|1.||Choi, Kyung-Chul: 9 articles (10/2015 - 06/2011)|
|2.||Soto, Ana M: 8 articles (09/2015 - 05/2002)|
|3.||Baskin, Laurence S: 8 articles (05/2015 - 03/2006)|
|4.||Heindel, Jerrold J: 7 articles (11/2015 - 12/2003)|
|5.||Hwang, Kyung-A: 7 articles (10/2015 - 06/2011)|
|6.||Sargis, Robert M: 7 articles (09/2015 - 07/2010)|
|7.||Sonnenschein, Carlos: 6 articles (09/2015 - 05/2002)|
|8.||Vrijheid, Martine: 5 articles (10/2015 - 07/2002)|
|9.||Prins, Gail S: 5 articles (10/2015 - 06/2006)|
|10.||Newbold, Retha R: 5 articles (12/2011 - 04/2007)|
|1.||Cardiovascular Diseases (Cardiovascular Disease)
|2.||Wounds and Injuries (Trauma)
01/01/2014 - "However, coadministration of GEN could partially alleviate DEHP-induced reproductive injuries via enhancement of testicular antioxidative enzymes activities, which indicates that GEN has protective effects on DEHP-induced male reproductive system damage after prepubertal exposure and GEN may have promising future in its curative antioxidative role for reproductive disorders caused by other environmental endocrine disruptors. "
04/01/2015 - "There is irrefutable evidence from human and animal studies that nutrient and environmental agent exposures (for example, endocrine disruptors) during pregnancy may affect fetal/newborn development resulting in offspring obesity and obesity-associated metabolic abnormalities (metabolic syndrome). "
02/01/2015 - "A few earlier studies have associated exposure to endocrine-disrupting chemicals (EDCs) with childhood obesity. "
09/01/2013 - "Recent studies suggest that endocrine disrupting chemicals (EDCs) may form a risk factor for obesity by altering energy metabolism through epigenetic gene regulation. "
08/15/2012 - "Epidemiology studies indicate that exposure to endocrine disruptors during developmental "window" contributes to adipogenesis and the development of obesity. "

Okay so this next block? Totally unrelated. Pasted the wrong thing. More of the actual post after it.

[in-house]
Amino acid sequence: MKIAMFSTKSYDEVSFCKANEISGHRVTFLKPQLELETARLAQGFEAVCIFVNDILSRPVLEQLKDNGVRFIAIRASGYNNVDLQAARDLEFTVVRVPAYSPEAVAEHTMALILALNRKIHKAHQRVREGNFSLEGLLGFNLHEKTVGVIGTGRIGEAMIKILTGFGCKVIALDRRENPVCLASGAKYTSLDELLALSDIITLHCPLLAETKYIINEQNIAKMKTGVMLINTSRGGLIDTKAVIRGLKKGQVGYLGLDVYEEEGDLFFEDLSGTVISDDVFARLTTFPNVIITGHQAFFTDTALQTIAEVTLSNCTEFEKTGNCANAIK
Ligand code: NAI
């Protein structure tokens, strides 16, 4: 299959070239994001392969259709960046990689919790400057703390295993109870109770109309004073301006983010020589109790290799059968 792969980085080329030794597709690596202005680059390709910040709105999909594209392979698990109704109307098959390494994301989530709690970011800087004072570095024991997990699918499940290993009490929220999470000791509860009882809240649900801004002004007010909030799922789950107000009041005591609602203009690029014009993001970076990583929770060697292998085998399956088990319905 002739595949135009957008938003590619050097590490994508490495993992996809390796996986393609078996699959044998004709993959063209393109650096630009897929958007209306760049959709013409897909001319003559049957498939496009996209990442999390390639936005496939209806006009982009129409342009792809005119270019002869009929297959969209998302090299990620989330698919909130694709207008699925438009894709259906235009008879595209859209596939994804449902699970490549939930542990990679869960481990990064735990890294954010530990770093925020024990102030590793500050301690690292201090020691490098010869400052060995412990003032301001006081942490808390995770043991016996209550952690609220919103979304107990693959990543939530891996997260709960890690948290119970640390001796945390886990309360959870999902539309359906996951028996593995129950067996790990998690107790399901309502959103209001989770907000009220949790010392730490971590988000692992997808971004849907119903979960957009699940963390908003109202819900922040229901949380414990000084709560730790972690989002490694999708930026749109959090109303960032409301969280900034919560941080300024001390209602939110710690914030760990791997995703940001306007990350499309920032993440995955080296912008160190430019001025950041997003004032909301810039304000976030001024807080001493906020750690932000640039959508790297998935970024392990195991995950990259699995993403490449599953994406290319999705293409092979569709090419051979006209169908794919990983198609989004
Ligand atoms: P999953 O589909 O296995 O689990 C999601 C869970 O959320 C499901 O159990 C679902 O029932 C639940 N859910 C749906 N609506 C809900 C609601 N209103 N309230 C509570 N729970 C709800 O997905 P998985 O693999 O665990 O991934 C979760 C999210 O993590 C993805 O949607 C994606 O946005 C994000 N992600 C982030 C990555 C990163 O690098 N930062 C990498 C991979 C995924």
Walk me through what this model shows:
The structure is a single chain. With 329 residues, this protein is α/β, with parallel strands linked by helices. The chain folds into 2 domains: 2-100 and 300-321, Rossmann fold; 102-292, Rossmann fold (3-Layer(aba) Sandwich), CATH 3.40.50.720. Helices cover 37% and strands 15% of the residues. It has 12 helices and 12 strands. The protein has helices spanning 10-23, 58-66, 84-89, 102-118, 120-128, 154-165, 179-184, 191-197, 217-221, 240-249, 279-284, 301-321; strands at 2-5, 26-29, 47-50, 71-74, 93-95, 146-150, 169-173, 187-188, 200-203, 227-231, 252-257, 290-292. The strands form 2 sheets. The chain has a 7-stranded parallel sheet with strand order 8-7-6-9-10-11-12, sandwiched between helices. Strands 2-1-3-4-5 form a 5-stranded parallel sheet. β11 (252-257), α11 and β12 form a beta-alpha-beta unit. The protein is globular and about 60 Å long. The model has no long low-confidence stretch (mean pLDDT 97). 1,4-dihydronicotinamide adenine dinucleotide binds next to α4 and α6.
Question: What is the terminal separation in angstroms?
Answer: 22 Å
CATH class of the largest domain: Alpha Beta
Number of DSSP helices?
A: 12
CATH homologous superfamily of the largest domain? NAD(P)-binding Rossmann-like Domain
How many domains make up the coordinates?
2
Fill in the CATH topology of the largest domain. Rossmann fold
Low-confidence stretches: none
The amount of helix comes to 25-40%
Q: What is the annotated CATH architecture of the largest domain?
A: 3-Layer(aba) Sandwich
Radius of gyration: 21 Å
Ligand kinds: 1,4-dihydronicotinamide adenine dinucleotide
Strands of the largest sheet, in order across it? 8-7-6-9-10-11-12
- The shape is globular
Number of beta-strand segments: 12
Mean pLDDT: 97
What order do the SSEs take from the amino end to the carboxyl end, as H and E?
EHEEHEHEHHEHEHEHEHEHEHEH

08/01/2011 - "The study findings suggest that some endocrine disruptors may play a role for the development of the obesity epidemic, in addition to the more commonly perceived putative contributors."
12/01/2015 - "Numerous studies have focused on the association between endocrine-disrupting chemicals (EDCs) and hypospadias. "
01/01/2011 - "The study provides some but limited evidence that occupational exposure to possible endocrine disrupting chemicals during pregnancy increases the risk of hypospadias."
08/01/2004 - "Recent studies have implicated factors such as familial inheritance, low birth weight, assisted reproductive technology, advanced maternal age, paternal subfertility, and endocrine-disrupting chemicals in the pathogenesis of hypospadias. "
07/01/2002 - "A study to assess the association between the prevalence of hypospadias and maternal occupational exposure to potential endocrine-disrupting chemicals was carried out using data from the congenital anomaly register of the Office for National Statistics. "
07/01/2002 - "A job-exposure matrix for potential endocrine-disrupting chemicals developed for a study into the association between maternal occupational exposure and hypospadias."
07/01/2015 - "In conclusion, the carcinogenic effects of endocrine disruptors on female cancer types is plausible although additional studies are needed to clarify their mechanisms and entities. "
10/01/1999 - "The purpose of this study was to find out some clues for generating a working hypothesis that the contamination of drinking water with environmental chemicals especially of endocrine disrupting chemicals in big rivers may be related to the occurrence of cancers. "
10/01/2015 - "It is long recognized that environmental factors play a major role in cancer etiology, and emerging data suggest that endocrine-disrupting chemicals (EDCs) may contribute to an increased cancer risk. "
07/01/2015 - "Pollutants altering the endocrine system, known as endocrine disruptors (ED), may modify the risk of female cancers. "
07/01/2015 - "Endocrine disruptors and female cancer: Informing the patients (Review)."
|2.||Diethylhexyl Phthalate (DEHP)
|5.||Biological Markers (Surrogate Marker)
|9.||Aryl Hydrocarbon Receptors (Aryl Hydrocarbon Receptor)
|2.||Heterologous Transplantation (Xenotransplantation)
|5.||Drug Therapy (Chemotherapy)